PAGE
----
But just because some conditions resolve themselves, it doesn’t mean you should let them go. Always talk to a physician before you make any big decisions or forgo any potential appointments looking into pediatric bracing.
Below are some common orthopedic concerns for children, all of which orthotics and/or pediatric bracing in Kansas City may be able to help.
Truth is, most infants are born with flat feet; arches develop as they continue to grow.However, there are instances when the arch never develops or doesn’t fully develop. The best way to catch this is by looking at your child’s ankles. Oftentimes, children with flat feet have ankles that go inward because of how the feet are planted.
We want to emphasize that flat feet aren’t necessarily a problem unless it becomes painful. Other times you can simply avoid shoes (like hightops) that lack arch support or insert arch supports into your child’s shoes. If those still don’t work, speak with an orthopedic specialist in Kansas City to guide you toward the next best steps.
Walking on tippy toes
Toe walking isn’t uncommon for young children, especially toddlers who are learning how to walk. By three, most children stop the habit. If your child occasionally walks on his or her toes after the age of three, it’s usually not something to worry about. The biggest concern comes when toe walking is still constant, and it could mean there’s an underlying medical issue such as cerebral palsy or muscle weakness disorders.
Pigeon toes, or in-toeing, often happens to babies between the ages of 8 to 15 months. This mainly happens as the child begins standing on his or her own. There are times when children don’t grow out of that phase, and they always walk with their toes inverted.
In-toeing may be a sign of internal tibial torsion, meaning the lower part of the leg is turned inward. Children who are older than 3 or 4 could also have femoral anteversion where the upper leg is turned inward.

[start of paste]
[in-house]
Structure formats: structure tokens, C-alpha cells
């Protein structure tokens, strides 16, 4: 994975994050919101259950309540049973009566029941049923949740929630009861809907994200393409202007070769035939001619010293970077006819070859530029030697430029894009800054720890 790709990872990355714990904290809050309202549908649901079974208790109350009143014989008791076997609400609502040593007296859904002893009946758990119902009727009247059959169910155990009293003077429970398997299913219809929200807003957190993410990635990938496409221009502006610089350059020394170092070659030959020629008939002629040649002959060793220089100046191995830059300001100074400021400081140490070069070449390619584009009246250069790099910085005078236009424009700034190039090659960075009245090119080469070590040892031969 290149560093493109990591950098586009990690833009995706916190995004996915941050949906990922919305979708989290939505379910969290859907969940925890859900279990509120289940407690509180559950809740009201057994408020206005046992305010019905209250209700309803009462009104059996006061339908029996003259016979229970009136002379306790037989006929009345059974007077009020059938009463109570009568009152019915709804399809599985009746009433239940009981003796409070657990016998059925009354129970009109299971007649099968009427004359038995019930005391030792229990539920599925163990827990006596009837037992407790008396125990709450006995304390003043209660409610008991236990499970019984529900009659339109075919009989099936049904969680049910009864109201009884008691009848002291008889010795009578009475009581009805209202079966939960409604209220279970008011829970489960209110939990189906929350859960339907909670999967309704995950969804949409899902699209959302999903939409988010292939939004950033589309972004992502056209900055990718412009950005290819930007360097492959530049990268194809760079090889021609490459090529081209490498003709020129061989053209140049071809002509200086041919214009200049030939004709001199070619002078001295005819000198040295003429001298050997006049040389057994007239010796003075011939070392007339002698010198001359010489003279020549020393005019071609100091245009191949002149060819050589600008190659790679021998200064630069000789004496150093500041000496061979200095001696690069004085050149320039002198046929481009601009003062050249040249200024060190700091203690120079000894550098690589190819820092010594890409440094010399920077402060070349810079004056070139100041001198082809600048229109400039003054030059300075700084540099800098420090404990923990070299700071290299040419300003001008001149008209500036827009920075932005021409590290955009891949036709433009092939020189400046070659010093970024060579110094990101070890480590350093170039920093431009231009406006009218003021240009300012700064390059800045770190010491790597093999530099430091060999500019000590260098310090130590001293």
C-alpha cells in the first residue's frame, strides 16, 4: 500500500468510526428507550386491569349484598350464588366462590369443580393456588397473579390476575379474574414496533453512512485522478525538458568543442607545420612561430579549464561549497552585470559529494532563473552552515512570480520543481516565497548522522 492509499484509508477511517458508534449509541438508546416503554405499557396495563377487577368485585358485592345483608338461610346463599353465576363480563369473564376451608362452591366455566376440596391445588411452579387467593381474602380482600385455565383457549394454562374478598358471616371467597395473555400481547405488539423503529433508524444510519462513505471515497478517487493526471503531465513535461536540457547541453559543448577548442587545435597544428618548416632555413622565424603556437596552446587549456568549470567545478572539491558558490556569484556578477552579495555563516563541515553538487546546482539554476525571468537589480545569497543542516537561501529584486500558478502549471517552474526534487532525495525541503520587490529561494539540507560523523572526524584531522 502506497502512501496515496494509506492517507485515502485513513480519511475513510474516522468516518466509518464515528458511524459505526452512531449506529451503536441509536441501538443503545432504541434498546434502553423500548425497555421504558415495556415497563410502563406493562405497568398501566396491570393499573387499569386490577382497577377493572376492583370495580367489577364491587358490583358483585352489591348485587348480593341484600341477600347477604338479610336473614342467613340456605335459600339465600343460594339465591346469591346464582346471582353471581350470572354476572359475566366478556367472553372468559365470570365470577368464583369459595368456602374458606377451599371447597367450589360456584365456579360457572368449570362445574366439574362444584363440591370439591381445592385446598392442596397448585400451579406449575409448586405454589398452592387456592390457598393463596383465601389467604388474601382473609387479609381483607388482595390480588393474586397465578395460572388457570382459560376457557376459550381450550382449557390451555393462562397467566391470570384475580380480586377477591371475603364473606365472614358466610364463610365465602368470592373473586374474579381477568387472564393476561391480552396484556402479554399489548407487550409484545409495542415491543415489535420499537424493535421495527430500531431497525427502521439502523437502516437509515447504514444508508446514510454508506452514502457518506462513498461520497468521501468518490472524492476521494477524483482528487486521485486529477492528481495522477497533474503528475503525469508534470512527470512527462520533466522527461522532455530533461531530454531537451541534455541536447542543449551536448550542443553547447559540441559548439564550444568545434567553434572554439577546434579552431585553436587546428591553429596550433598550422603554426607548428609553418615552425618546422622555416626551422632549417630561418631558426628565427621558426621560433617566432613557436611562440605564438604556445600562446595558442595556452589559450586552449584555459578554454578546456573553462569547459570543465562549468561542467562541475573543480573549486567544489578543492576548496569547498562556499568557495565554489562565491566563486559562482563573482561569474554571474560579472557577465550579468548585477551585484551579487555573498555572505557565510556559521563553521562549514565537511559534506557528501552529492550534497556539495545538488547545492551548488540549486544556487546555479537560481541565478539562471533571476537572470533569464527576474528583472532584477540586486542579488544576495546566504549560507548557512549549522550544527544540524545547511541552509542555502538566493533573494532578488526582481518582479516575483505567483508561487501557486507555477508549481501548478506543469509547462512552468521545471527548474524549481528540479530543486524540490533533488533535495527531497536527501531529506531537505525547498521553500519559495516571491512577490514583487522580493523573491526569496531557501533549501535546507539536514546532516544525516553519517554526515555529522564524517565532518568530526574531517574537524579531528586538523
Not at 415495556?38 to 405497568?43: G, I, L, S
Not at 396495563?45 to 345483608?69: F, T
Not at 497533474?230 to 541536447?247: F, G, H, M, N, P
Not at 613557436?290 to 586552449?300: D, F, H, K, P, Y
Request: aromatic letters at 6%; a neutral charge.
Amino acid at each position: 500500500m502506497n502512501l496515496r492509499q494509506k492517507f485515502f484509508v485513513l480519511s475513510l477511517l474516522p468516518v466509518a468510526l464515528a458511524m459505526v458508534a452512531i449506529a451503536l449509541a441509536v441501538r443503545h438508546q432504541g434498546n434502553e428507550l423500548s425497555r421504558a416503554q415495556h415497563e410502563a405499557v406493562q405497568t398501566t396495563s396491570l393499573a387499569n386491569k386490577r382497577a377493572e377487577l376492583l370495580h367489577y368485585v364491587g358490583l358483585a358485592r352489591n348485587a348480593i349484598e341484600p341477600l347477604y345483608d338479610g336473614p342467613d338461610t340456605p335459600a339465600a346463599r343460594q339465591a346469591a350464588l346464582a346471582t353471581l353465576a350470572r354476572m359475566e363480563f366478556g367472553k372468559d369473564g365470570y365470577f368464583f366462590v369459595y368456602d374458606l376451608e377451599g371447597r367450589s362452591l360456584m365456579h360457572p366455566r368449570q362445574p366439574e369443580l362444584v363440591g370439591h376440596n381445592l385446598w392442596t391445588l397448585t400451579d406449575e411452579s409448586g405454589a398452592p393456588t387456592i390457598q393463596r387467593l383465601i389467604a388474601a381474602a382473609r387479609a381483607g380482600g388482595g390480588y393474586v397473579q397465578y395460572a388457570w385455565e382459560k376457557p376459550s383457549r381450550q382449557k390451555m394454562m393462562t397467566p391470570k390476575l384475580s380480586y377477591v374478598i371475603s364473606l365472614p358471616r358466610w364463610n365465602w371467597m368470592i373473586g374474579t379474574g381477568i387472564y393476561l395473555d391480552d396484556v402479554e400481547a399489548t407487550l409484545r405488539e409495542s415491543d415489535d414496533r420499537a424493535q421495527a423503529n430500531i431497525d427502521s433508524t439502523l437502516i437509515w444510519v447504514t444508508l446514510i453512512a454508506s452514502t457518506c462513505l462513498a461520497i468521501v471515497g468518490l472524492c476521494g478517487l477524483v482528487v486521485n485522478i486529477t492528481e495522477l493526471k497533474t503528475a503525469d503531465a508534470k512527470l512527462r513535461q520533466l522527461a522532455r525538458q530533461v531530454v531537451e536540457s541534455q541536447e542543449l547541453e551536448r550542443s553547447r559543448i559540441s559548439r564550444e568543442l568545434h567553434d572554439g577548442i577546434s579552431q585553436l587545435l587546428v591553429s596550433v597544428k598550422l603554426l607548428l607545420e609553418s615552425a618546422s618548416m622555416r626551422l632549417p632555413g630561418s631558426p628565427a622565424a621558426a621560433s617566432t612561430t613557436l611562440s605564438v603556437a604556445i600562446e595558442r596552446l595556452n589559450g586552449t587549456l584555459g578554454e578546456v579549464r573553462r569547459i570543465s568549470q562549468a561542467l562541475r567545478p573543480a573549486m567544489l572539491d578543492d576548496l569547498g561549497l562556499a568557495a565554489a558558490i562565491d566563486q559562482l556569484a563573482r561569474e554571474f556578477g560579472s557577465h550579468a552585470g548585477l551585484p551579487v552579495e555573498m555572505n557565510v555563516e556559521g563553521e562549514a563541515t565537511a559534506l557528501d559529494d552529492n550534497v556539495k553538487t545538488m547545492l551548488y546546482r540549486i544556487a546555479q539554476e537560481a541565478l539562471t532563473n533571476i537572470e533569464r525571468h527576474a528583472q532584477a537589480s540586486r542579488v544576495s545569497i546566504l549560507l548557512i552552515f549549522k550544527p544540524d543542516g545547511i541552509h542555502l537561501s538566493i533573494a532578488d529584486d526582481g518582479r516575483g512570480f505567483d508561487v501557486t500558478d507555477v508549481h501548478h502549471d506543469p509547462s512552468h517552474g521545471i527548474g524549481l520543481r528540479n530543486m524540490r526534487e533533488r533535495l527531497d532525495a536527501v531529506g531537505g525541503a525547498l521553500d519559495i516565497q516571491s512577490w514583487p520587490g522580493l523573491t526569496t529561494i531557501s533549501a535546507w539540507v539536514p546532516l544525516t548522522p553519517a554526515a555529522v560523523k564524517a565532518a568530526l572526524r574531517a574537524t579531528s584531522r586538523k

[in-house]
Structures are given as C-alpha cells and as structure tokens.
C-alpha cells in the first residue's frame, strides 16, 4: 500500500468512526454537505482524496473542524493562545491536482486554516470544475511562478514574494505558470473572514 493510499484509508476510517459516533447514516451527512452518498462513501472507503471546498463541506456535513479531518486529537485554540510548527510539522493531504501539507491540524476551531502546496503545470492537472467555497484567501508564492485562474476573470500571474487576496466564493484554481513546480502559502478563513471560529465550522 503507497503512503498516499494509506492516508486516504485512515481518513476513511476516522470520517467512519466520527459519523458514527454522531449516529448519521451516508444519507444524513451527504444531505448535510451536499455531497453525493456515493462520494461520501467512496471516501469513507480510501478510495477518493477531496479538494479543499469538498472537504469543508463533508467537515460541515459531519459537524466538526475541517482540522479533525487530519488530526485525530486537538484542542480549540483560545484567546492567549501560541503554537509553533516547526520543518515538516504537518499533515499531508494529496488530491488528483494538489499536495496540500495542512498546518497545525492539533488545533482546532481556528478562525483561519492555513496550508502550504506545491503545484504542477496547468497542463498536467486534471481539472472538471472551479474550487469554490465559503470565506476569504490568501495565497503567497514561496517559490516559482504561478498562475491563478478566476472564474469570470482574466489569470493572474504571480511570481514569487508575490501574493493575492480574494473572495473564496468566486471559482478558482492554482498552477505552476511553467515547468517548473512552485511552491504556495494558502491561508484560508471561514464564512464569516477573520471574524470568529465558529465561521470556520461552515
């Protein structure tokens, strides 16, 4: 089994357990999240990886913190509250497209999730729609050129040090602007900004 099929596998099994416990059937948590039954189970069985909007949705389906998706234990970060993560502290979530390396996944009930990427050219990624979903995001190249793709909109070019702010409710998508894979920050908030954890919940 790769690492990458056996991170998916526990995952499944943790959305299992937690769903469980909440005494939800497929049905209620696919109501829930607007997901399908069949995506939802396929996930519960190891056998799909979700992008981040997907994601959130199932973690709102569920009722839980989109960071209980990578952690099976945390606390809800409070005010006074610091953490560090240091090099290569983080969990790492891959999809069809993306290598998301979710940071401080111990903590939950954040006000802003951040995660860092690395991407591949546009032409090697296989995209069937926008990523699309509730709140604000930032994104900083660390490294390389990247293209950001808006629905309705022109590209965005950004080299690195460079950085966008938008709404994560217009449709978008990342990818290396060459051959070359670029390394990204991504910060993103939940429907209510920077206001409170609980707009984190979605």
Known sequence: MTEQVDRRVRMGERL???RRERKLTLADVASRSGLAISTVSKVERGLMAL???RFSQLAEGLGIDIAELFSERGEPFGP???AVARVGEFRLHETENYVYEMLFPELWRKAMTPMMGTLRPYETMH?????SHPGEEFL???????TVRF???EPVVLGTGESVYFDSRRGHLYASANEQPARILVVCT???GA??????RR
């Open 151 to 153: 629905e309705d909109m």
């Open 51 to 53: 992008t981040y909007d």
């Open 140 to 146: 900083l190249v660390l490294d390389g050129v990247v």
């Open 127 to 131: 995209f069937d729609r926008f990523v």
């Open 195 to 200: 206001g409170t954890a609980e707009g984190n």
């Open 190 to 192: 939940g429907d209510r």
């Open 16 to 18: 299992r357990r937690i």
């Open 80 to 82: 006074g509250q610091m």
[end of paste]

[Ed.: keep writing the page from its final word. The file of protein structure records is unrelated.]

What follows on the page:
Pigeon toes don’t usually affect everyday life, but if you have any concerns, you can always talk to an orthopedic specialist.
Bowleggedness comes when the knees appear to bow out, and it can also be inherited. It’s also common in infants, so it tends to go away over time. If you notice your child is still bowlegged after the age of two, the condition may stem from an underlying condition such as rickets or Blout’s disease.
There are two main causes of rickets — a vitamin D/calcium deficiency, or genetic conditions. Most cases are treated with vitamin D and calcium supplements or just being more cautious about your child’s diet. If rickets comes from a genetic condition, your child may need a more specialized treatment from an endocrinologist.
Blout’s disease affects the tibia (the lower leg bone), and usually arises when a child is around the age of two. Though the cause is unknown, Blout’s disease leads to an abnormal growth at the top of the tibia near the knee. In some cases, the only way to correct the issue is through surgery or pediatric bracing in Kansas City.
About two-thirds of children with cerebral palsy have the ability to walk, but establishing a proper gait to aid the movement can be difficult. This is mainly due to the disease’s effect on joints, muscles, and overall motion patterns.
Pediatric orthotics aim to relieve muscle-joint deformities caused by unbalanced muscle tone. For example, some children with cerebral palsy walk on their toes. An ankle foot orthosis can help stabilize and strengthen the muscles and joints over time to adjust toe walking.
With regular use, bracing can:
How to get pediatric bracing in Kansas City
The first step to learning if your child needs pediatric bracing in Kansas City is to speak with your family physician, pediatric physician, or orthopedist. After a thorough evaluation from your physician, your local orthotist at Horizon Orthotic & Prosthetic Experience will be able to customize the orthotic design. Our pediatric-specialized orthotist will evaluate your child and work directly with you, your child’s physician, and your child’s physical therapists to determine the best treatment options available.
Once your child is ready for custom pediatric bracing from HOPE KC, we offer a variety of bracing options to keep up with your child as he or she grows. HOPE KC is known for its innovative custom fabrication of orthotic devices in the state-of-the-art lab located in the Overland Park, KS clinic. HOPE KC may also consider utilizing an outside manufacturer for the orthotic device.
Some of the more common outside manufacturers and bracing designs include Cascade DAFO, SMOs, AFOs and foot orthotics, Surestep SMOs, and Orthomerica Cranial Remolding Orthoses.
Your child will have access to the latest technologies and pediatric clinical expertise, and we always give each child individual attention and high-quality care from infancy through adulthood.
We have six different locations in the Kansas City metro area and other Missouri cities to help you achieve your goals.